But there were still elements of London that would have seemed very familiar to any visitors to the original Great Exhibition. For a long time the chimneys of London had been pouring sulphur dioxide into the atmosphere, and during periods of temperature inversion, these gave rise to fogs, the famous London ‘pea-soupers’. Because of the increase in industry, and also the larger number of houses able to afford coal, this problem seemed to be getting worse all the time. Things reached a crisis point, and London was subjected to a series of dense fogs (nicknamed smogs as they were supposed to be a mixture of smoke and fog) which began to kill a sizeable proportion of its inhabitants. So thick were these fogs, that it became virtually impossible to drive, and taxis found themselves on pavements, buses needed men with lanterns walking in front of them to guide them and the only way that pedestrians knew there were other people around them was because they could hear them coughing. Towards the end of the fifties the smogs were so bad that thousands of people would die in a single day, usually the very old and the very young.

The Clean Air Act of 1956, forbidding the burning of fuel that was not smokeless, was felt at the time to be authoritative and unfair by many people. But it worked, although it took time. The smogs eventually became a thing of the past, and the London air no longer smelled of soot.

Ironically, at the time all this was going on, the trolley bus represented a very futuristic environmentally-friendly method of transport, although perhaps it was not seen as such at the time. They were red, double-decker buses which ran on electricity, which they picked up from double poles which engaged overhead wires. The buses themselves were totally non-polluting, large and comfortable, very quiet, and set off with a powerful acceleration. Their only disadvantage was a distressingly frequent tendency for the poles to come off the wires, and it was a common sight to see the conductor with a long wooden pole trying to hook them on again. And the busy conductor also had the task of changing the points, wherever the routes diverged. Perhaps the trolley bus was ahead of its time, but it was certainly a non-polluting form of transport that worked.

A Londoner living at the end of the fifties and the beginning of the sixties would have been very conscious of the forest of television aerials which were springing up, seemingly overnight. It seemed that every suburban roof sported its own letter ‘H’. It's unlikely that this Londoner, who might have heard of a new Liverpool group, The Beatles, or might have seen a writer called Jack Kerouac on the bookshelves, or might even have come across a duplicated amateur magazine called Private Eye, would have realised that he was seeing the first rivulets in a flood which would totally change his city.

Suddenly everybody started wearing colourful and extravagant clothes, an air of hedonism and pleasure became apparent, and London began to ‘swing’. Carnaby Street, unknown before the sixties, became one of the most famous streets in London, along with King’s Road, in Chelsea. The Portobello Road street market became a centre of music and fashion, and it was in this area that the first Notting Hill Carnivals began.

London in the sixties had its own unique atmosphere, a heady hallucinogenic gas that induced a feeling of well-being and sensitivity to colour. People flooded in and the tourist industry prospered. The sixties saw people crowding with equal enthusiasm to both open-air rock concerts and political demonstrations.

At the beginning of this decade, the architecture of the city began to change; and there was a brutalism which was out of keeping with the general social atmosphere of the time. Tower blocks were erected all over the city; St Paul’s became concealed in a concrete copse and this tendency came to fruition with the infamous Centre Point.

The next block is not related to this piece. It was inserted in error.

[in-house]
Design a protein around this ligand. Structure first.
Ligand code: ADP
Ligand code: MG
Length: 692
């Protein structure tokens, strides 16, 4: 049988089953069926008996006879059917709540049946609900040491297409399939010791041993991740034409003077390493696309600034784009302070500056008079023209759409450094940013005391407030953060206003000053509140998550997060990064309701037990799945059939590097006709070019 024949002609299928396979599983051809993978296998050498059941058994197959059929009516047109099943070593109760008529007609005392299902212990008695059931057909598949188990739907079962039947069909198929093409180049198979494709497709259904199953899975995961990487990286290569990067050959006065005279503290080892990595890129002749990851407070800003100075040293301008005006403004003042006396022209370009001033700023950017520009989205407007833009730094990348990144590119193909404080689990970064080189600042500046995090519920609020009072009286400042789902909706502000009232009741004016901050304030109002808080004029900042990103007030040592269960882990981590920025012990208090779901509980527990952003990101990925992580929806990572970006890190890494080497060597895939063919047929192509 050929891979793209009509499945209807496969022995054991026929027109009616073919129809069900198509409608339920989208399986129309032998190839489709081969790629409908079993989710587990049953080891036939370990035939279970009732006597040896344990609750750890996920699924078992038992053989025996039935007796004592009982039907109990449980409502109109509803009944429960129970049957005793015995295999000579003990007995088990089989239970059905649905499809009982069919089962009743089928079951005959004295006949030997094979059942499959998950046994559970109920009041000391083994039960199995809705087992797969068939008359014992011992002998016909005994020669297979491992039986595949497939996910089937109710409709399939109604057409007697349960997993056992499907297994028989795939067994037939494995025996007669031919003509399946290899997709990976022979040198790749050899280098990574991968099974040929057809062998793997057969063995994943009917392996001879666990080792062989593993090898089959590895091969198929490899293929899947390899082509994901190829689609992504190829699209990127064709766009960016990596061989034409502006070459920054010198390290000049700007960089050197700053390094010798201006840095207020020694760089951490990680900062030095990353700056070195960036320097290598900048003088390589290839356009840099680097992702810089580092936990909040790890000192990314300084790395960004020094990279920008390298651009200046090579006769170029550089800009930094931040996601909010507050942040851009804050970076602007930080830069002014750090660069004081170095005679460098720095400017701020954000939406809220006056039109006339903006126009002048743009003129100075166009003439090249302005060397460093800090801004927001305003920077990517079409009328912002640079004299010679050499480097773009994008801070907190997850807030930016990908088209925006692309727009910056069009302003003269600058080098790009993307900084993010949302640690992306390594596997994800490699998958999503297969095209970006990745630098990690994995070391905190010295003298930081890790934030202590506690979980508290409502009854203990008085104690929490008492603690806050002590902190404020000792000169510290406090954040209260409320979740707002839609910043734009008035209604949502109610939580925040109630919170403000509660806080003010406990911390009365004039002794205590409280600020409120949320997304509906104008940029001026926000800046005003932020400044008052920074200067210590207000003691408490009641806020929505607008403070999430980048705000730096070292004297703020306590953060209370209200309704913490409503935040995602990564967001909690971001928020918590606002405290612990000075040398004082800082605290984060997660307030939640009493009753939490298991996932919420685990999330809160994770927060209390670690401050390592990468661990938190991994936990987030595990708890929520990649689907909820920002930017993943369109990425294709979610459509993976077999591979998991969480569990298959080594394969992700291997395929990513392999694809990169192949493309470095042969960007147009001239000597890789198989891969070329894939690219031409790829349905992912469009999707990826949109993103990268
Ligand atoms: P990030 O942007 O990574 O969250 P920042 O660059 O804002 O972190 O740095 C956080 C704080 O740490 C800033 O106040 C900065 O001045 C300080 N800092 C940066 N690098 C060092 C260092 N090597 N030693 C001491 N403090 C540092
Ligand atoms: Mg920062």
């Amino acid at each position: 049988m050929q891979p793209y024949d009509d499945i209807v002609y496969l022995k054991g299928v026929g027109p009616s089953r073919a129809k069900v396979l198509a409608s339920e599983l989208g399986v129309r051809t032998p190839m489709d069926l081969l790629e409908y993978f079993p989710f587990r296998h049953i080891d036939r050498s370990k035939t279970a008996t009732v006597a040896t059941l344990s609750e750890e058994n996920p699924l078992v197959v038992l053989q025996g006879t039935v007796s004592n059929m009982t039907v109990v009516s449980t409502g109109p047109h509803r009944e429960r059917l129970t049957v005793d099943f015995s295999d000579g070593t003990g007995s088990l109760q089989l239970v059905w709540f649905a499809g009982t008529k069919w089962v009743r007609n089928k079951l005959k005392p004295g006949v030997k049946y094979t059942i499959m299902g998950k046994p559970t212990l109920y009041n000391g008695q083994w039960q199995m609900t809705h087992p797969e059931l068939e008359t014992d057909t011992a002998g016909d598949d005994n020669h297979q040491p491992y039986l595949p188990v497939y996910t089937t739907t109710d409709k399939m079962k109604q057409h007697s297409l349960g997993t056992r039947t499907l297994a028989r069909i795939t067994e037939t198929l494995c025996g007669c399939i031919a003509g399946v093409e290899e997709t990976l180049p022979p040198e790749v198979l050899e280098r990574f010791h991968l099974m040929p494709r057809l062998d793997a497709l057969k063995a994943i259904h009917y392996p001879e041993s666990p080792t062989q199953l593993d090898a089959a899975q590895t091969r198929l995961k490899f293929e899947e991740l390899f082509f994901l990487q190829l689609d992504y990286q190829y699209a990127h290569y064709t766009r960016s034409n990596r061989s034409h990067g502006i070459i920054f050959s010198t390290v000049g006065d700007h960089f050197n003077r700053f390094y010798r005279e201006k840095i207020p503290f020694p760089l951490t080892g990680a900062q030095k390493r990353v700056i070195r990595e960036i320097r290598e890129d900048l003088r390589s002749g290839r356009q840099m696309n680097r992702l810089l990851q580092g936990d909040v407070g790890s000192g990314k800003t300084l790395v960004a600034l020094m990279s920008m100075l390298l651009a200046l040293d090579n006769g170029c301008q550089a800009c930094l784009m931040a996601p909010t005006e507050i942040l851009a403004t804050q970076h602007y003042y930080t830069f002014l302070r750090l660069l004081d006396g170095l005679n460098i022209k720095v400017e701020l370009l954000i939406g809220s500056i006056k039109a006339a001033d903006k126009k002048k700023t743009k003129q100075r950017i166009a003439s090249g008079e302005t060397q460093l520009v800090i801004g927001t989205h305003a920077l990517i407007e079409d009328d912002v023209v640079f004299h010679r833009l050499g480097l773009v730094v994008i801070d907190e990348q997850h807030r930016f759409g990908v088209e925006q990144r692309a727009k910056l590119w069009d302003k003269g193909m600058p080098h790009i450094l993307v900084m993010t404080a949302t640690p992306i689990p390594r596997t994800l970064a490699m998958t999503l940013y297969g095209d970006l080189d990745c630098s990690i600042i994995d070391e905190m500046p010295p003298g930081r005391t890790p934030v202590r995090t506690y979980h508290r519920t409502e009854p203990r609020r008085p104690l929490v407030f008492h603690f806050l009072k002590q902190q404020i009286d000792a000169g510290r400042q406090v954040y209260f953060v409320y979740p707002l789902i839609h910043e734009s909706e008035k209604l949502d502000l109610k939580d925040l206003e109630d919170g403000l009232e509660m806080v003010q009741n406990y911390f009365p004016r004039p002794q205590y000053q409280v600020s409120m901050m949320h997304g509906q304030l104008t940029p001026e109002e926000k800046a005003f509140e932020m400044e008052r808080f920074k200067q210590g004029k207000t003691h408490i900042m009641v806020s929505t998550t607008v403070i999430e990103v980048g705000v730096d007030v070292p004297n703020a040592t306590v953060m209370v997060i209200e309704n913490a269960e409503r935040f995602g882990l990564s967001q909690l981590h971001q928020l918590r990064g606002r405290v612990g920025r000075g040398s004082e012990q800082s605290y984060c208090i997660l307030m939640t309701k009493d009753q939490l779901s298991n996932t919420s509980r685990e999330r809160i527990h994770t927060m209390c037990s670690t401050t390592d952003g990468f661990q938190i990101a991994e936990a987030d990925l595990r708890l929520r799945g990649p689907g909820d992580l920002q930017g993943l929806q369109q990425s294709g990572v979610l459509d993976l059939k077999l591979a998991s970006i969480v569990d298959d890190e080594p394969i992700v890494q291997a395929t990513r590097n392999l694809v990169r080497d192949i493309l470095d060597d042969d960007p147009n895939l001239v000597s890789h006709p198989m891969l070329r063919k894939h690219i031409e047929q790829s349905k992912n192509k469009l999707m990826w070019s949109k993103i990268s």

Since then many of the tower blocks have mercifully been pulled down, and a more imaginative approach has been taken with new buildings. London today has many examples of interesting and pleasing modern buildings, and the puritan aesthetic of the 60s architects is now not so plainly in evidence.

Various groups of immigrants have come to London in the latter part of the century, and have made this a very cosmopolitan city. It is now possible to sample cuisine from all over the world within a very small area, and London has benefited from the cultural influences of India, China, Thailand, Japan and Africa and many others.

With the decline of the docks, much building has been going on in the East End of London, and whole complexes of housing and commercial buildings have appeared on those sites which had been virtually unchanged since the days of Victoria. The most significant of these is the Canary Wharf development, with its own light elevated railway.

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It is perhaps significant that the Millennium Dome is being built at Greenwich; sitting it in an area of London which is changing rapidly perhaps symbolises the forward-looking view which prevails as the century draws to a close.

London is changing rapidly, is becoming a more vital, a cleaner, a more prosperous place. But there are still aspects of London which would not seem all that unfamiliar to someone who lived here at the beginning of the century. The new IMAX cinema at Waterloo symbolises what is new, but when it was built it was necessary for the authorities to clear ‘cardboard city’, a small shanty-town created by the homeless. It is now gone, but its inhabitants are still here, still to be seen huddled on the pavements covered by their blankets.

"The quarters of the Salvation Army in various parts of London are nightly besieged by hosts of the unemployed and the hungry for whom neither shelter nor the means of sustenance can be provided." This was Justin McCarthy, writing in 1903, but unfortunately his words are as apposite at the end of the century as they were at its beginning.

As always, London is a mixture of the good and the bad. For the tourist it remains a safe and a fascinating environment - providing a unique historical perspective, mixed with entertainment of the most up-to-date kind. London will go into the next millennium with the attributes it has always had - a cosmopolitan viewpoint, a feeling of optimism and excitement, the hum of history as its background, the clatter of commerce and business in the forefront, changing as it has always changed through the ages. As a person retains their identity as they move through a turbulent adolescence towards adulthood, so London will always remain at heart the same, despite the outward changes that will occur as this ancient city prepares to meet yet another century, another millennium.

Langdon Jones is an experienced writer and editor. In the early seventies, he published a collection of short stories which appeared in both the UK and the USA. He worked with Michael Moorcock on the magazine, New Worlds, and edited the anthology, The Nature of the Catastrophe, with him. A newly-edited edition was published in 1996. He was responsible for the reconstructed version of the third book in Mervyn Peake's Gormenghast trilogy, Titus Alone, which has appeared in various editions.